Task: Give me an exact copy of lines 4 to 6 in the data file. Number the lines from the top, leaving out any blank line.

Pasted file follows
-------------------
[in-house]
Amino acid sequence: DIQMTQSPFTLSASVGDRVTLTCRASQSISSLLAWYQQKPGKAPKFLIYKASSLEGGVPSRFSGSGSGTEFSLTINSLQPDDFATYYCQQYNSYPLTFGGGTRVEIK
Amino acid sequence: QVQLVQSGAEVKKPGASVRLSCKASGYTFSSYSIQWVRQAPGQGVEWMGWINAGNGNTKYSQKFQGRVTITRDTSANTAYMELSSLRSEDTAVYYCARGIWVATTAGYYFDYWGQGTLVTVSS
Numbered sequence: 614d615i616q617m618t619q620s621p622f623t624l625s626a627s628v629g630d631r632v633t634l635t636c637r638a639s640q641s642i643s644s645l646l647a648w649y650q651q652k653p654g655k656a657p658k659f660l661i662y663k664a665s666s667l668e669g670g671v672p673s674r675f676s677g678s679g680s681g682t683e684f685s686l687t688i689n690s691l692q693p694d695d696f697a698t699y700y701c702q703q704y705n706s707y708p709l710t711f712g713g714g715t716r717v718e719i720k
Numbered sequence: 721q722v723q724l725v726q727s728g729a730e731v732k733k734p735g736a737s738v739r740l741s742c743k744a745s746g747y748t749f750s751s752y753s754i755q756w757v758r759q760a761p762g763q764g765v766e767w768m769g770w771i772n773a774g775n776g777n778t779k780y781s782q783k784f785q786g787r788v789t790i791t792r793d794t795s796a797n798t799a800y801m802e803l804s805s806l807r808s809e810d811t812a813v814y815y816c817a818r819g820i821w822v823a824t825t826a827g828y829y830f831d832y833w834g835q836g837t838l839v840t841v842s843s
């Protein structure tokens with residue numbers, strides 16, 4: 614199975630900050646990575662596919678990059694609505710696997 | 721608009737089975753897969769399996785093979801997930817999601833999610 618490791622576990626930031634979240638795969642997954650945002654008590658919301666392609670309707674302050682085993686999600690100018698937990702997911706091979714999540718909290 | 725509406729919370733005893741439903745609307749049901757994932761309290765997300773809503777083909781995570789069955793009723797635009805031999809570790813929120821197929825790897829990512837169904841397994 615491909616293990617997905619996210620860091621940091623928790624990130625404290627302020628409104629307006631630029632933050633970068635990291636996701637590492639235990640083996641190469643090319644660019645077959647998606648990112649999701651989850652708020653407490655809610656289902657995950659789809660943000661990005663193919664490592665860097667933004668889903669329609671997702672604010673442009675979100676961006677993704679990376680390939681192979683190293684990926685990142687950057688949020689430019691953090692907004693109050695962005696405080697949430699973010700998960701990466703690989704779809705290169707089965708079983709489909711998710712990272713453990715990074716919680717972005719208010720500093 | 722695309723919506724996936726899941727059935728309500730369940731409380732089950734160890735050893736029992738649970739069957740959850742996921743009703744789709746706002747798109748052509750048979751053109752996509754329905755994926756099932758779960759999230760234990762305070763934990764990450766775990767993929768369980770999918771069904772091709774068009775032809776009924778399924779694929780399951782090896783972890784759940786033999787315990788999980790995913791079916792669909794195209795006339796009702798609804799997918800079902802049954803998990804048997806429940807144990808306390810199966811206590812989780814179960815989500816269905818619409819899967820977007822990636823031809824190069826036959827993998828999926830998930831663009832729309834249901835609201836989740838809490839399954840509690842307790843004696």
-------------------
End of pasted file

Numbered sequence: 614d615i616q617m618t619q620s621p622f623t624l625s626a627s628v629g630d631r632v633t634l635t636c637r638a639s640q641s642i643s644s645l646l647a648w649y650q651q652k653p654g655k656a657p658k659f660l661i662y663k664a665s666s667l668e669g670g671v672p673s674r675f676s677g678s679g680s681g682t683e684f685s686l687t688i689n690s691l692q693p694d695d696f697a698t699y700y701c702q703q704y705n706s707y708p709l710t711f712g713g714g715t716r717v718e719i720k
Numbered sequence: 721q722v723q724l725v726q727s728g729a730e731v732k733k734p735g736a737s738v739r740l741s742c743k744a745s746g747y748t749f750s751s752y753s754i755q756w757v758r759q760a761p762g763q764g765v766e767w768m769g770w771i772n773a774g775n776g777n778t779k780y781s782q783k784f785q786g787r788v789t790i791t792r793d794t795s796a797n798t799a800y801m802e803l804s805s806l807r808s809e810d811t812a813v814y815y816c817a818r819g820i821w822v823a824t825t826a827g828y829y830f831d832y833w834g835q836g837t838l839v840t841v842s843s
């Protein structure tokens with residue numbers, strides 16, 4: 614199975630900050646990575662596919678990059694609505710696997 | 721608009737089975753897969769399996785093979801997930817999601833999610 618490791622576990626930031634979240638795969642997954650945002654008590658919301666392609670309707674302050682085993686999600690100018698937990702997911706091979714999540718909290 | 725509406729919370733005893741439903745609307749049901757994932761309290765997300773809503777083909781995570789069955793009723797635009805031999809570790813929120821197929825790897829990512837169904841397994 615491909616293990617997905619996210620860091621940091623928790624990130625404290627302020628409104629307006631630029632933050633970068635990291636996701637590492639235990640083996641190469643090319644660019645077959647998606648990112649999701651989850652708020653407490655809610656289902657995950659789809660943000661990005663193919664490592665860097667933004668889903669329609671997702672604010673442009675979100676961006677993704679990376680390939681192979683190293684990926685990142687950057688949020689430019691953090692907004693109050695962005696405080697949430699973010700998960701990466703690989704779809705290169707089965708079983709489909711998710712990272713453990715990074716919680717972005719208010720500093 | 722695309723919506724996936726899941727059935728309500730369940731409380732089950734160890735050893736029992738649970739069957740959850742996921743009703744789709746706002747798109748052509750048979751053109752996509754329905755994926756099932758779960759999230760234990762305070763934990764990450766775990767993929768369980770999918771069904772091709774068009775032809776009924778399924779694929780399951782090896783972890784759940786033999787315990788999980790995913791079916792669909794195209795006339796009702798609804799997918800079902802049954803998990804048997806429940807144990808306390810199966811206590812989780814179960815989500816269905818619409819899967820977007822990636823031809824190069826036959827993998828999926830998930831663009832729309834249901835609201836989740838809490839399954840509690842307790843004696």